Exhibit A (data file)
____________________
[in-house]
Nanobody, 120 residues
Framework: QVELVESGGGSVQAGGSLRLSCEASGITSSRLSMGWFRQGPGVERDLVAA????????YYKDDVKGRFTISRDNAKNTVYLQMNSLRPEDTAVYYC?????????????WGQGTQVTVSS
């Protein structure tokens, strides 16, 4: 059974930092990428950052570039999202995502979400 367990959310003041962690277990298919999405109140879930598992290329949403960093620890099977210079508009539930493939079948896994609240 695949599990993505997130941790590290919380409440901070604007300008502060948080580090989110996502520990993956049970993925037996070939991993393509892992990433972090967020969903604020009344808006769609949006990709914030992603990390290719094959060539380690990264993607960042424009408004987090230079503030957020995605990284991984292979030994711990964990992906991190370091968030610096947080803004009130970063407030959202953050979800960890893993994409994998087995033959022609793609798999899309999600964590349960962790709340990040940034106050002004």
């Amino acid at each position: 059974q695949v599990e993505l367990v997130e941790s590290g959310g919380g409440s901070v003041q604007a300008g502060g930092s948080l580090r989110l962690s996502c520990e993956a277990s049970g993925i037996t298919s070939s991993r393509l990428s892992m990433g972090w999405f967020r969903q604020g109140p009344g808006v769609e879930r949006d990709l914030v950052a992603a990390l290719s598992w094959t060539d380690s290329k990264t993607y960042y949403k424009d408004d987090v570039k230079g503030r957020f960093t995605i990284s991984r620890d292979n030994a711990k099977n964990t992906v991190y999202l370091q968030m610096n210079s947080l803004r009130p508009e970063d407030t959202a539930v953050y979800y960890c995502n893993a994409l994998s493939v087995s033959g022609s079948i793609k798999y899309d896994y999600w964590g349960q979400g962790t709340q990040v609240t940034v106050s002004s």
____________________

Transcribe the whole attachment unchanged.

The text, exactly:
[in-house]
Nanobody, 120 residues
Framework: QVELVESGGGSVQAGGSLRLSCEASGITSSRLSMGWFRQGPGVERDLVAA????????YYKDDVKGRFTISRDNAKNTVYLQMNSLRPEDTAVYYC?????????????WGQGTQVTVSS
């Protein structure tokens, strides 16, 4: 059974930092990428950052570039999202995502979400 367990959310003041962690277990298919999405109140879930598992290329949403960093620890099977210079508009539930493939079948896994609240 695949599990993505997130941790590290919380409440901070604007300008502060948080580090989110996502520990993956049970993925037996070939991993393509892992990433972090967020969903604020009344808006769609949006990709914030992603990390290719094959060539380690990264993607960042424009408004987090230079503030957020995605990284991984292979030994711990964990992906991190370091968030610096947080803004009130970063407030959202953050979800960890893993994409994998087995033959022609793609798999899309999600964590349960962790709340990040940034106050002004």
């Amino acid at each position: 059974q695949v599990e993505l367990v997130e941790s590290g959310g919380g409440s901070v003041q604007a300008g502060g930092s948080l580090r989110l962690s996502c520990e993956a277990s049970g993925i037996t298919s070939s991993r393509l990428s892992m990433g972090w999405f967020r969903q604020g109140p009344g808006v769609e879930r949006d990709l914030v950052a992603a990390l290719s598992w094959t060539d380690s290329k990264t993607y960042y949403k424009d408004d987090v570039k230079g503030r957020f960093t995605i990284s991984r620890d292979n030994a711990k099977n964990t992906v991190y999202l370091q968030m610096n210079s947080l803004r009130p508009e970063d407030t959202a539930v953050y979800y960890c995502n893993a994409l994998s493939v087995s033959g022609s079948i793609k798999y899309d896994y999600w964590g349960q979400g962790t709340q990040v609240t940034v106050s002004s």